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There is nothing better in life than gambling on a new roommate who turns out to be your BFF. But when it goes the other way? Dealing with terrible roommates, especially in college, is a life trend that most people can relate to, and there is an assortment of advice on how to sort it out (or at least survive until the end of your lease).
Maybe you haven’t experienced it yet, but brush up on these common disagreements and how to handle them in preparation. Trust me, you’ll need them sooner or later.
Communication
Most roommate issues come up because of miscommunication or a lack of communication. When that happens, be willing to work things out. If you were in the wrong, be willing to admit it. If they were wrong, don’t try to rub it in.
Bad communication may not even happen on purpose. If your communication styles don’t mesh well, be open and honest about it. That way, if they persist, you both are aware that it’s not intentional. It will be something that will take a bit more effort is all.
Space
Arguments can break out over pretty much anything, but encroaching on someone else’s space will always be at the top of the list. If you share a room, it could be that their belongings are overflowing into your territory or it feels like a mess because it’s literally never clean.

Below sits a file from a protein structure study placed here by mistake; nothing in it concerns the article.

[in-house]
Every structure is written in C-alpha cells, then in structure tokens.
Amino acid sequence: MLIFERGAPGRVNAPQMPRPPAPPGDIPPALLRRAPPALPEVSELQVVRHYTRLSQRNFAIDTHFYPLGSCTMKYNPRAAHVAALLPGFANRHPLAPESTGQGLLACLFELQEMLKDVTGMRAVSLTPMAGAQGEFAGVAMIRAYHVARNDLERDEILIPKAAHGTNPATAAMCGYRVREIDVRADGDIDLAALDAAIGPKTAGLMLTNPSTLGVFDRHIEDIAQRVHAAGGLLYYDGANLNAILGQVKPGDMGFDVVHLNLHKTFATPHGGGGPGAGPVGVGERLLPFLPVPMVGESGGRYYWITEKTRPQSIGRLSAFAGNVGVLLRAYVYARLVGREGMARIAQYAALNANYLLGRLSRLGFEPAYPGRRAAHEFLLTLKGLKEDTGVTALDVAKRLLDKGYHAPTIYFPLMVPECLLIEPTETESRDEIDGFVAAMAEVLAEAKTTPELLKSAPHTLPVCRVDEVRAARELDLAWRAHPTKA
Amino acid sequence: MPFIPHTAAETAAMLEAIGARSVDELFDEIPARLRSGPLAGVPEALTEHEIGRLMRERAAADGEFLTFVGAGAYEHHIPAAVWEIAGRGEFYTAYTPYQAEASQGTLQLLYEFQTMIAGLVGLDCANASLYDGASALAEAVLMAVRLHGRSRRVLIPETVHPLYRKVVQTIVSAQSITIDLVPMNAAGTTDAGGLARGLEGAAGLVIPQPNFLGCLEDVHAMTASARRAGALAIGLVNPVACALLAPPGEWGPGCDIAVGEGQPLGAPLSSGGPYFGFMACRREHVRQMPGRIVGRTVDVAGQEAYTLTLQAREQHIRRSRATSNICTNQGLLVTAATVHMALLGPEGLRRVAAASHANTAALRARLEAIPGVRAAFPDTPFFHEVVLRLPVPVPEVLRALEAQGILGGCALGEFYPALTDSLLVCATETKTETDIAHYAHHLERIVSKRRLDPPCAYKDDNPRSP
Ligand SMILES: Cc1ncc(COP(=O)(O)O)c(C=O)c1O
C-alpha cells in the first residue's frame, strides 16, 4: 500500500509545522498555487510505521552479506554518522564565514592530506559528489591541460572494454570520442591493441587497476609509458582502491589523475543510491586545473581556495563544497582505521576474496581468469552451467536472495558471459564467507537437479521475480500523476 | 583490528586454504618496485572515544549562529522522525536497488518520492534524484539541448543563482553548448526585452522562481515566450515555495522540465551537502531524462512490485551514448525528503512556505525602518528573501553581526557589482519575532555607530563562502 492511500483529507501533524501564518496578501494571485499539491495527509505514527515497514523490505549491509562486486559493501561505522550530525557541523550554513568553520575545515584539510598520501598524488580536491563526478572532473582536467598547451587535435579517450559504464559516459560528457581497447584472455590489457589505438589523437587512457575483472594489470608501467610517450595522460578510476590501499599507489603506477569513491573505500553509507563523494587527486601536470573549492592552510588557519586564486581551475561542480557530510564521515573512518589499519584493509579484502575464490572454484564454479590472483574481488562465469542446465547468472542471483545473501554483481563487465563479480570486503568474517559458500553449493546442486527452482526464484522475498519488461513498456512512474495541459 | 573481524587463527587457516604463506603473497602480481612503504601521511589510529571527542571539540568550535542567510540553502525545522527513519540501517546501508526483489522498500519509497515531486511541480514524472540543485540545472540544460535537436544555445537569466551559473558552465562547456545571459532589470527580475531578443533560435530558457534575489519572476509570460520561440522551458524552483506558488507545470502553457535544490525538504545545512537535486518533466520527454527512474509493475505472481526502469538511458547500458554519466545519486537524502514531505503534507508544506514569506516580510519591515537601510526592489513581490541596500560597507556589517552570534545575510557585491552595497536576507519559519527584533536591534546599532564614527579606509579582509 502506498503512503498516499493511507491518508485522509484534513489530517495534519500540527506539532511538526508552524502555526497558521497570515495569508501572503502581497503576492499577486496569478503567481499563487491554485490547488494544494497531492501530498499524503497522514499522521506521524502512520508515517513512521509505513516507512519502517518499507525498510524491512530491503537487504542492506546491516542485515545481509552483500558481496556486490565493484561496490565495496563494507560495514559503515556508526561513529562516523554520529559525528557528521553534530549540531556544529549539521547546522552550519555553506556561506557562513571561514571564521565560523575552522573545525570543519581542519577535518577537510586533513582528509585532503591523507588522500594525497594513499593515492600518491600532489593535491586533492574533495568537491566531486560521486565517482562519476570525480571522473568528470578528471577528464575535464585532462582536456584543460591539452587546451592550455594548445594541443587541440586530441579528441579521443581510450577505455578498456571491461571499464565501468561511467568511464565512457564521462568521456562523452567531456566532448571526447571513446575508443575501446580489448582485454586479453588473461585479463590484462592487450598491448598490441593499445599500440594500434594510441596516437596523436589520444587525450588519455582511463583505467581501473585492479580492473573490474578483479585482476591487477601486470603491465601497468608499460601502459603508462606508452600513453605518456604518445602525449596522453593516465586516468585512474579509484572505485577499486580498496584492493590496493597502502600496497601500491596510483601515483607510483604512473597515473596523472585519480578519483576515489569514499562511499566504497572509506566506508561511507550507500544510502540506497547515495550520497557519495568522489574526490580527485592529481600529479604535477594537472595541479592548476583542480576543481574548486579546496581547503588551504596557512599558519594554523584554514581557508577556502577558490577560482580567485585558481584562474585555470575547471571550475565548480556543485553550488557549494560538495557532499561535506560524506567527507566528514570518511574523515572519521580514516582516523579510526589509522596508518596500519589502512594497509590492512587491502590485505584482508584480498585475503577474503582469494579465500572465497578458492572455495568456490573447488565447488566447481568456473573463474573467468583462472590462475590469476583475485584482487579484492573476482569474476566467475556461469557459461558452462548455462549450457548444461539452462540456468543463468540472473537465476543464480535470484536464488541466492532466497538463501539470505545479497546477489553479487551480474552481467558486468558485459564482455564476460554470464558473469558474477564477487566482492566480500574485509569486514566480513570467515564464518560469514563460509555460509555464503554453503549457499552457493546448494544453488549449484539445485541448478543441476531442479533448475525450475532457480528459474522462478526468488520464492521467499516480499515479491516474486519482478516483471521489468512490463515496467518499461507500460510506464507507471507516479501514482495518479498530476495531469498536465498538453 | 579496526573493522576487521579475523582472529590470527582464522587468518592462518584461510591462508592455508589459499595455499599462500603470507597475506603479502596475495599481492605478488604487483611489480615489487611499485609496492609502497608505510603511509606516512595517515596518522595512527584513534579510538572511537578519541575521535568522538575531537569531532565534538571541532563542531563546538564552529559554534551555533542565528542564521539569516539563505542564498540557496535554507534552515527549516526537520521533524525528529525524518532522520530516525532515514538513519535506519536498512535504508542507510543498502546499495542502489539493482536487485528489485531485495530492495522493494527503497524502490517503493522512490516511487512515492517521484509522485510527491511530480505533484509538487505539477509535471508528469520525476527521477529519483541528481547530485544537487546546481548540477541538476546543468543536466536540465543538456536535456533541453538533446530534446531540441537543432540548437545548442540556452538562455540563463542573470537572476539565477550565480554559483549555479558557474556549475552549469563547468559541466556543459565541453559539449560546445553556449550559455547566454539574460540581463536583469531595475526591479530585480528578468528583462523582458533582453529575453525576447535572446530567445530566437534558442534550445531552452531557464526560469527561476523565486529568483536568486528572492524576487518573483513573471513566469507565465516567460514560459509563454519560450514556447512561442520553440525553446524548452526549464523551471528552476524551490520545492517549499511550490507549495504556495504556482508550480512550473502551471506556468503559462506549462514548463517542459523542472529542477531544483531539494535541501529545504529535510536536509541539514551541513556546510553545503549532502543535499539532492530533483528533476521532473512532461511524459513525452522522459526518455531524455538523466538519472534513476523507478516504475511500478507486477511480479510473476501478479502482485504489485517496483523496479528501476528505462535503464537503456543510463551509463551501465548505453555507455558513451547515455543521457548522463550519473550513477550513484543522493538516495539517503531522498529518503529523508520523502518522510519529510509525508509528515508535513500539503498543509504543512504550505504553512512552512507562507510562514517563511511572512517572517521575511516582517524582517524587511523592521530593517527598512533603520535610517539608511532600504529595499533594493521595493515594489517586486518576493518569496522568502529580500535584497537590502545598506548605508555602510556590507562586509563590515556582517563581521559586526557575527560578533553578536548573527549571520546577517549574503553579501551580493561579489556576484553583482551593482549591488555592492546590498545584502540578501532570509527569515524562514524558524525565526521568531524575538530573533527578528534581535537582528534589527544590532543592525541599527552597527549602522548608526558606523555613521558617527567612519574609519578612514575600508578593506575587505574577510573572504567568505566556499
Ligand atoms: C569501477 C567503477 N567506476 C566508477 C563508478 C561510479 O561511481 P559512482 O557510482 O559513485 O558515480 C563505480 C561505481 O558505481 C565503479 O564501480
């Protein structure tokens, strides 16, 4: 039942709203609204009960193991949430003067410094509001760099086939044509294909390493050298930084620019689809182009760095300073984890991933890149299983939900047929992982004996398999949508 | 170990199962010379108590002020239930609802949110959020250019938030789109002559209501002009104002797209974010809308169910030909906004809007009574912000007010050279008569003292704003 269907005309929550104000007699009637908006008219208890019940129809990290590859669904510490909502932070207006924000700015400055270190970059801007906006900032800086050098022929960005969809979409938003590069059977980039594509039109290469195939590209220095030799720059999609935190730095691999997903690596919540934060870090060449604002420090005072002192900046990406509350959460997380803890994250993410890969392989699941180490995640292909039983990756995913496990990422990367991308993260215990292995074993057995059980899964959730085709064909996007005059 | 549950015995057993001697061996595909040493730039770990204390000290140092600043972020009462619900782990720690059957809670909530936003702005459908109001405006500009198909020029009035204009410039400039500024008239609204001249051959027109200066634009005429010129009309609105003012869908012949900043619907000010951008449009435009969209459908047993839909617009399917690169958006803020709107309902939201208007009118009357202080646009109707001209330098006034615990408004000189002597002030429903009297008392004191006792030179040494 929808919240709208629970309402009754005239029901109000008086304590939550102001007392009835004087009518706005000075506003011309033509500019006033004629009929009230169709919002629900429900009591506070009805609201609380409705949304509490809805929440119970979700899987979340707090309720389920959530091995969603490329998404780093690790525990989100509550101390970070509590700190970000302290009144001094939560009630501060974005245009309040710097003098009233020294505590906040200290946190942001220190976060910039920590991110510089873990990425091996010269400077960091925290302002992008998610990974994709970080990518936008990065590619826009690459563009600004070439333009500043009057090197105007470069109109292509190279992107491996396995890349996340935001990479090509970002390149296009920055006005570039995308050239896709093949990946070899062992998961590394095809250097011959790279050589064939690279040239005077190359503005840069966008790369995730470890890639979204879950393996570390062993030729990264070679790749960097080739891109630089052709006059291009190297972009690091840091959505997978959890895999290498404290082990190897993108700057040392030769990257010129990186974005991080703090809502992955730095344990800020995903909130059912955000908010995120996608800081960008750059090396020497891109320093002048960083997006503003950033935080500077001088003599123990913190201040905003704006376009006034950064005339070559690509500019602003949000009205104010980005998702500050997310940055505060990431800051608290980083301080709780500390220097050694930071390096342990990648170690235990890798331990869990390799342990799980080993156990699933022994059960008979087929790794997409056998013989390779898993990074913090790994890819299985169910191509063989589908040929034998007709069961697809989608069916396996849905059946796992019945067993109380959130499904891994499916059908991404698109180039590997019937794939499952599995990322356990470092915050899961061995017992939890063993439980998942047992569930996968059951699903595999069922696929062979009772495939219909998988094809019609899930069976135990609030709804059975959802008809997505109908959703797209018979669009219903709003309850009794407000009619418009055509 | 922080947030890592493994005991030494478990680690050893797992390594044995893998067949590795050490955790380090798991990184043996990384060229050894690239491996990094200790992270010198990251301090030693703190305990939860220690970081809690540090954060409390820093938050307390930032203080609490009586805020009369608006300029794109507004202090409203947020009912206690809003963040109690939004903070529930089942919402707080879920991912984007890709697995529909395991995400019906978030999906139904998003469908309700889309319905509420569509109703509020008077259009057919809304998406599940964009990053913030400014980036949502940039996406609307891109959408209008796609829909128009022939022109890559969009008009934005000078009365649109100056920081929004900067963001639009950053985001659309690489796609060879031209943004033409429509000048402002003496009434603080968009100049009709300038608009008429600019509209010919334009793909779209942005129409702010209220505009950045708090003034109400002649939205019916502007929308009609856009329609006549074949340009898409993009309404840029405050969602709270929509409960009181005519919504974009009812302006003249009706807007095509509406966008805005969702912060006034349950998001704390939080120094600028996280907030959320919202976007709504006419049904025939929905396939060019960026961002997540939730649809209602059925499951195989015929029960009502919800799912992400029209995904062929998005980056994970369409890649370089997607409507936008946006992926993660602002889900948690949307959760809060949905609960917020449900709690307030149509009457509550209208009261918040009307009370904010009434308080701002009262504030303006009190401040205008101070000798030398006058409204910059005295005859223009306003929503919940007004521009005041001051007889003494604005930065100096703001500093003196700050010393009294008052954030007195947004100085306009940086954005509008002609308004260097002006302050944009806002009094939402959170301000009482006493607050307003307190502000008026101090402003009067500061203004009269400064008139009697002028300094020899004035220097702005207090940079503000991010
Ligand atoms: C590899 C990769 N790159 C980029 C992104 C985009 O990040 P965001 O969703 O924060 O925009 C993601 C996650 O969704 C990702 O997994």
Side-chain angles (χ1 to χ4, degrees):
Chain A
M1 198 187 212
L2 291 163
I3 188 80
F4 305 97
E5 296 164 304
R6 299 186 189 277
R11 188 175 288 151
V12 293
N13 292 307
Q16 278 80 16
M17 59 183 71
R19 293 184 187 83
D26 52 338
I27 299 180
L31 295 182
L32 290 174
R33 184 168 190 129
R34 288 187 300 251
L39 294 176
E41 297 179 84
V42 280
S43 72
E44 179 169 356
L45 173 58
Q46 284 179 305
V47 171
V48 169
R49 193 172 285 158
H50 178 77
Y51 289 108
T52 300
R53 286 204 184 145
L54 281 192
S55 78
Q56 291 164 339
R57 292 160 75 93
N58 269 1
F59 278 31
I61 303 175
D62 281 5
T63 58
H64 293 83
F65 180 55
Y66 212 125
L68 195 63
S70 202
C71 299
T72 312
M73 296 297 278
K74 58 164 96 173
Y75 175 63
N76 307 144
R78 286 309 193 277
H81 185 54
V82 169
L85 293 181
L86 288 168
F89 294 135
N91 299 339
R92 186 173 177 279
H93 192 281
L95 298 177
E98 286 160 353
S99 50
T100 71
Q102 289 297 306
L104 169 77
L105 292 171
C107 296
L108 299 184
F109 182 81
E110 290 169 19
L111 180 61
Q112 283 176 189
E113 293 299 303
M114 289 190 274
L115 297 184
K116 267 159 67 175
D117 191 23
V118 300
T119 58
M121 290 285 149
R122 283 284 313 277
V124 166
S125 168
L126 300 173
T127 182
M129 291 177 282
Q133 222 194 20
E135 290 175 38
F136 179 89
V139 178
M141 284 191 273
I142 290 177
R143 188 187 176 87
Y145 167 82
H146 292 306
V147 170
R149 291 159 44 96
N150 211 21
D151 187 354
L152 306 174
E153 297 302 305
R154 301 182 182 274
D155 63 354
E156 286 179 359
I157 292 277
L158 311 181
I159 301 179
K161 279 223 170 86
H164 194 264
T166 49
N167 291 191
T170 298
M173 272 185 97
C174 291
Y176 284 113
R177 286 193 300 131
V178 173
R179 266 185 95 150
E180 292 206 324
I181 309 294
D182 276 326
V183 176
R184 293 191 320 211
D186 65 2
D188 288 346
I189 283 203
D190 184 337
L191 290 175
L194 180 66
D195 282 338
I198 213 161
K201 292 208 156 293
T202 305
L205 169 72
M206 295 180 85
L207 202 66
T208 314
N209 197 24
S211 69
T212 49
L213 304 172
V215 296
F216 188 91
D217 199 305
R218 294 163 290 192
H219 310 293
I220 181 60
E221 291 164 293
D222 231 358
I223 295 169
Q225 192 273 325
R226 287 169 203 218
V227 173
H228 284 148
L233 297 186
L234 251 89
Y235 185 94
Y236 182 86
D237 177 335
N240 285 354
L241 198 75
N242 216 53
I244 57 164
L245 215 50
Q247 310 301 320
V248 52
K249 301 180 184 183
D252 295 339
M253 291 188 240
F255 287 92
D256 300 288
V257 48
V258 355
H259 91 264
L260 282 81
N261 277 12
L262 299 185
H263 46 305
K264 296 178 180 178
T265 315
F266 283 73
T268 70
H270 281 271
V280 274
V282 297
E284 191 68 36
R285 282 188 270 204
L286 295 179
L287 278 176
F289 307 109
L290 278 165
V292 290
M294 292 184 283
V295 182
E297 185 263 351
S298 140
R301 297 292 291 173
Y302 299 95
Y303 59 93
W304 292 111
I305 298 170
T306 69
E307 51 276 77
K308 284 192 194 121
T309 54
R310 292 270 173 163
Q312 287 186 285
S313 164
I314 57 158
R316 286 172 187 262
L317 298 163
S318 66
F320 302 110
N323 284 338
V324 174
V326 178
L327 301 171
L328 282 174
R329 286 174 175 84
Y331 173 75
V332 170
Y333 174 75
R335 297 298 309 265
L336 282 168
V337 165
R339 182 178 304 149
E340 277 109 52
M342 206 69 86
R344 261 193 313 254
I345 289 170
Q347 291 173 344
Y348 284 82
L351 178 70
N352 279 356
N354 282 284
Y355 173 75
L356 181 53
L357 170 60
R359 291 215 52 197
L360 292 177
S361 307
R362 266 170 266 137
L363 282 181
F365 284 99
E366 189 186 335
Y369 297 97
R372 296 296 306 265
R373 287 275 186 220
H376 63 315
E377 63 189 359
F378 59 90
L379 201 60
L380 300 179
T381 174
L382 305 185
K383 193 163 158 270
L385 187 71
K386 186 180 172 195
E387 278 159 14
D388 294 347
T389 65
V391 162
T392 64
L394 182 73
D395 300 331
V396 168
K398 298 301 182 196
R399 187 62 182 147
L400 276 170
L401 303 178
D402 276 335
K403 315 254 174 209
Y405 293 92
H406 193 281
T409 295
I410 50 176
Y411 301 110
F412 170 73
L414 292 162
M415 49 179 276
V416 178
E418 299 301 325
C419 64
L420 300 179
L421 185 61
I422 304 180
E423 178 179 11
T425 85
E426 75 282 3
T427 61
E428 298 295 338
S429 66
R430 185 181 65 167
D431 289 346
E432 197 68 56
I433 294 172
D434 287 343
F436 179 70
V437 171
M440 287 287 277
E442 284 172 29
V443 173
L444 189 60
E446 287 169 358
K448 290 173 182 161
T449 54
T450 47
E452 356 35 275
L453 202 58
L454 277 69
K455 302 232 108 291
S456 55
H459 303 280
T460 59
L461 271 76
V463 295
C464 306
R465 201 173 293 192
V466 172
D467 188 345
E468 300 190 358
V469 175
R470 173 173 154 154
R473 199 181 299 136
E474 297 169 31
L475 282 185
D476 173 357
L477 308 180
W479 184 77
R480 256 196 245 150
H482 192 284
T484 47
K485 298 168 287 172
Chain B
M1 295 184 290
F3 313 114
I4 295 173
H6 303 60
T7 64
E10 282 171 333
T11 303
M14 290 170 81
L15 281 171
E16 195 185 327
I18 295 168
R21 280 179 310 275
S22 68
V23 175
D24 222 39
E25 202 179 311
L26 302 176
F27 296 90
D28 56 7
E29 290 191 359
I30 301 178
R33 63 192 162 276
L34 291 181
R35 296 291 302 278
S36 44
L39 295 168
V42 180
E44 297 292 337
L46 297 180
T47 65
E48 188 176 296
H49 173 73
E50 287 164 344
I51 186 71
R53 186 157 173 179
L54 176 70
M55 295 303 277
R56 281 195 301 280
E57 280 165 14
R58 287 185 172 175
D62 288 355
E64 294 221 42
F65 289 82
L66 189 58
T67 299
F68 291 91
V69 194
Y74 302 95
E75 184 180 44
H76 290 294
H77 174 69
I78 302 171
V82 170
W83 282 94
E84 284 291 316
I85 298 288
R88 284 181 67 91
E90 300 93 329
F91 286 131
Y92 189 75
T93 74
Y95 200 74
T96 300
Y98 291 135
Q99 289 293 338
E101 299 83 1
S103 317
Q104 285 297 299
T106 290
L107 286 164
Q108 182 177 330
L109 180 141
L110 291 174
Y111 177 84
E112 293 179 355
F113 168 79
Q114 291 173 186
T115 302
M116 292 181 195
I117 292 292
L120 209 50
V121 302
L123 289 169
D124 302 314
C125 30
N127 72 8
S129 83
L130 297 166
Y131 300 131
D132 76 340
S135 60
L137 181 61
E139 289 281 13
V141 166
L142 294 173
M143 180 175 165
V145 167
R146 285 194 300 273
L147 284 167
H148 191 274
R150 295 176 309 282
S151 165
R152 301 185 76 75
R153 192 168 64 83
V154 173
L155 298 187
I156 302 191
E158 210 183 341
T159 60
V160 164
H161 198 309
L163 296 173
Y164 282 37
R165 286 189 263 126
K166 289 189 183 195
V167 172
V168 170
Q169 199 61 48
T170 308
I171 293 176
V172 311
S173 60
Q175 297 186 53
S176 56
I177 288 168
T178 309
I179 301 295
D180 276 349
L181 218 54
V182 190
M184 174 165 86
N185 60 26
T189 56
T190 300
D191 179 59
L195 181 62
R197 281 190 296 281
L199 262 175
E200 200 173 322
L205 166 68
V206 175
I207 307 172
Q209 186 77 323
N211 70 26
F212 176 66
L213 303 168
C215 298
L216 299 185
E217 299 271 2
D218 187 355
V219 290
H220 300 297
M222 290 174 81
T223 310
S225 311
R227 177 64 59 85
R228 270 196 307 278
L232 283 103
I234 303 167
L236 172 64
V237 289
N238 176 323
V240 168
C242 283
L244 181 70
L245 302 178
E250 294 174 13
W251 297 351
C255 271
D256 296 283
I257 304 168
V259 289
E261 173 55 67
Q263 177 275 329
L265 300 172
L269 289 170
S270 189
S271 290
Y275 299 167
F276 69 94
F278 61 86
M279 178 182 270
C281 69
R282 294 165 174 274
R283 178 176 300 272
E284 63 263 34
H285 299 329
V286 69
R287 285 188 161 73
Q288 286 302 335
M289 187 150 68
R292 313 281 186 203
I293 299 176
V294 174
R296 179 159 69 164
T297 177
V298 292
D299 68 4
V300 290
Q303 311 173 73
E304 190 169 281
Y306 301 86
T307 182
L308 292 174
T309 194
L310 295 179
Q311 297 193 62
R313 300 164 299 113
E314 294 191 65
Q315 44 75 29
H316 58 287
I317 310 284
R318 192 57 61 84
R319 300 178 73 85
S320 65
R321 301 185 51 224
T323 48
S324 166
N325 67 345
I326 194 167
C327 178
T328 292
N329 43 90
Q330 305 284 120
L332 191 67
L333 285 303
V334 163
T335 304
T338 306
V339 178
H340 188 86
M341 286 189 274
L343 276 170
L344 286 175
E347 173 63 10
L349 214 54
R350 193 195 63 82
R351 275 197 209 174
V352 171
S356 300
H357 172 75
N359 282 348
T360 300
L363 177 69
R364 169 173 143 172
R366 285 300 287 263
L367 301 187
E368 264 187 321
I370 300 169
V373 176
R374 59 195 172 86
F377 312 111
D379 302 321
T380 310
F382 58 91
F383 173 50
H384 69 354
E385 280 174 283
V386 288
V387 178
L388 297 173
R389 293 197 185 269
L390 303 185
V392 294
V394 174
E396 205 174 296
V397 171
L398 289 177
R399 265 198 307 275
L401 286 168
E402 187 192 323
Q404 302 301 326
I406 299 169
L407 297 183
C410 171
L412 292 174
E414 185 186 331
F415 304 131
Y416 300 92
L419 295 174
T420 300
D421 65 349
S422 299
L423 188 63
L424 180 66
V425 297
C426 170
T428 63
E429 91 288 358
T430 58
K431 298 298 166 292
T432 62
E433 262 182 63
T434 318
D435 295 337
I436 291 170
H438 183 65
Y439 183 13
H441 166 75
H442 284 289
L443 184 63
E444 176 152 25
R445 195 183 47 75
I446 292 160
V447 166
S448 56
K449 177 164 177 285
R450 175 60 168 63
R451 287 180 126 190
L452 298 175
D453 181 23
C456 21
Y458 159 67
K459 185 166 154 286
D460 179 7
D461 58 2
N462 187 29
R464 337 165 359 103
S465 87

In the kitchen, someone could be eating your food and using your ingredients to excess when you know they have the means to replace it or get their own. Dishes may stack up in the sink, books and shoes may be strewn across the front room. Whatever it is, avoid being passive-aggressive. It will only cause more tension.
Issues with space might have nothing to do with the apartment and everything to do with personal space. It’s okay to leave the four walls of your BYU-I housing to get away. If you’re the touchy one, don’t assume everyone loves hugs. And if you like at least three feet between yourself and another human being, don’t be afraid to let people know.
Drama
Everyone takes their turn being dramatic. Yes, even the person who claims they abhor drama. The best thing you can do when you’re drowning in someone else’s drama is separate yourself from it.
That may mean telling your roommate you can’t listen to them vent, giving yourself permission not to care or permission to be amused when you see it happening. If you can keep a level head during their dramatic moments, and give them friendly support instead of exploding yourself, chances are they will try to do the same thing for you when it’s your turn to melt down.
Empathy
One of the most effective ways to prevent irrational responses is to put yourself in their shoes. You might think they deserved to fail that class, but it doesn’t hurt any less to fail. You might not have had the same experiences they are going through, but you’ve had experiences similar enough that you get the idea.
Do your best to be kind and give a listening ear. They won’t always want advice and I-told-you-so’s, so tone down the judgment for a minute. If you don’t think you can play the friend, find someone who can and they can help you to be more sympathetic.
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